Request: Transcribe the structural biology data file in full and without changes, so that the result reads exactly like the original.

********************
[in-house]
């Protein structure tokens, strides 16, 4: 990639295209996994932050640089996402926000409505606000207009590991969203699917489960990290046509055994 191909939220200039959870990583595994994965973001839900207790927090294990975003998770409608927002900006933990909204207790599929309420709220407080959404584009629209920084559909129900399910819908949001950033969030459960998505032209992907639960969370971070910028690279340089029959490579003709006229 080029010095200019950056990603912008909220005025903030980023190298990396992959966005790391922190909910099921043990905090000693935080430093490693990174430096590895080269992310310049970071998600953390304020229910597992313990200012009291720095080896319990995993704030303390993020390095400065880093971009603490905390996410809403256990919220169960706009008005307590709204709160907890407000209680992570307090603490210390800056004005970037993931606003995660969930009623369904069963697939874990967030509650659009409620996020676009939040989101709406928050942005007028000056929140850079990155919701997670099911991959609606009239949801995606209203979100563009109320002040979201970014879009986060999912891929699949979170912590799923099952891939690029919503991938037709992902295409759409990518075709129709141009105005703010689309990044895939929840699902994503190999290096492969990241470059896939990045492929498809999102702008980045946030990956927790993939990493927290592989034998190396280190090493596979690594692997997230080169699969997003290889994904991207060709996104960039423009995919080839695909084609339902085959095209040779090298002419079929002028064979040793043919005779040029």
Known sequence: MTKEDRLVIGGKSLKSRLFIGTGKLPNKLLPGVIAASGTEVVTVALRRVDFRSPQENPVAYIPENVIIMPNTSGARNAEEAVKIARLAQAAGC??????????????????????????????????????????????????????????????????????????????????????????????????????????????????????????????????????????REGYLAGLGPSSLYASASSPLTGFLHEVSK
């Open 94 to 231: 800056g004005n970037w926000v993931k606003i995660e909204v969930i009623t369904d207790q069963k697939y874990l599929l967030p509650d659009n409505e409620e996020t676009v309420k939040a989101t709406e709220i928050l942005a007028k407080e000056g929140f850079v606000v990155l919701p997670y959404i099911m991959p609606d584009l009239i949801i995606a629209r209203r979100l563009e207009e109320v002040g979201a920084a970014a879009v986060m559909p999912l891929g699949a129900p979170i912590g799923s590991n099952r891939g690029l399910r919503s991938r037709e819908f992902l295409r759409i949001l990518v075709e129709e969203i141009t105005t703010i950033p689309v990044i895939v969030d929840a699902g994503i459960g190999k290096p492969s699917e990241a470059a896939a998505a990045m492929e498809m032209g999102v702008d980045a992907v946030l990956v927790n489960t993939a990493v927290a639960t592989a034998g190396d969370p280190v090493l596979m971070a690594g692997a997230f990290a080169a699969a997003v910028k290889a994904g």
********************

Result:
[in-house]
């Protein structure tokens, strides 16, 4: 990639295209996994932050640089996402926000409505606000207009590991969203699917489960990290046509055994 191909939220200039959870990583595994994965973001839900207790927090294990975003998770409608927002900006933990909204207790599929309420709220407080959404584009629209920084559909129900399910819908949001950033969030459960998505032209992907639960969370971070910028690279340089029959490579003709006229 080029010095200019950056990603912008909220005025903030980023190298990396992959966005790391922190909910099921043990905090000693935080430093490693990174430096590895080269992310310049970071998600953390304020229910597992313990200012009291720095080896319990995993704030303390993020390095400065880093971009603490905390996410809403256990919220169960706009008005307590709204709160907890407000209680992570307090603490210390800056004005970037993931606003995660969930009623369904069963697939874990967030509650659009409620996020676009939040989101709406928050942005007028000056929140850079990155919701997670099911991959609606009239949801995606209203979100563009109320002040979201970014879009986060999912891929699949979170912590799923099952891939690029919503991938037709992902295409759409990518075709129709141009105005703010689309990044895939929840699902994503190999290096492969990241470059896939990045492929498809999102702008980045946030990956927790993939990493927290592989034998190396280190090493596979690594692997997230080169699969997003290889994904991207060709996104960039423009995919080839695909084609339902085959095209040779090298002419079929002028064979040793043919005779040029």
Known sequence: MTKEDRLVIGGKSLKSRLFIGTGKLPNKLLPGVIAASGTEVVTVALRRVDFRSPQENPVAYIPENVIIMPNTSGARNAEEAVKIARLAQAAGC??????????????????????????????????????????????????????????????????????????????????????????????????????????????????????????????????????????REGYLAGLGPSSLYASASSPLTGFLHEVSK
């Open 94 to 231: 800056g004005n970037w926000v993931k606003i995660e909204v969930i009623t369904d207790q069963k697939y874990l599929l967030p509650d659009n409505e409620e996020t676009v309420k939040a989101t709406e709220i928050l942005a007028k407080e000056g929140f850079v606000v990155l919701p997670y959404i099911m991959p609606d584009l009239i949801i995606a629209r209203r979100l563009e207009e109320v002040g979201a920084a970014a879009v986060m559909p999912l891929g699949a129900p979170i912590g799923s590991n099952r891939g690029l399910r919503s991938r037709e819908f992902l295409r759409i949001l990518v075709e129709e969203i141009t105005t703010i950033p689309v990044i895939v969030d929840a699902g994503i459960g190999k290096p492969s699917e990241a470059a896939a998505a990045m492929e498809m032209g999102v702008d980045a992907v946030l990956v927790n489960t993939a990493v927290a639960t592989a034998g190396d969370p280190v090493l596979m971070a690594g692997a997230f990290a080169a699969a997003v910028k290889a994904g």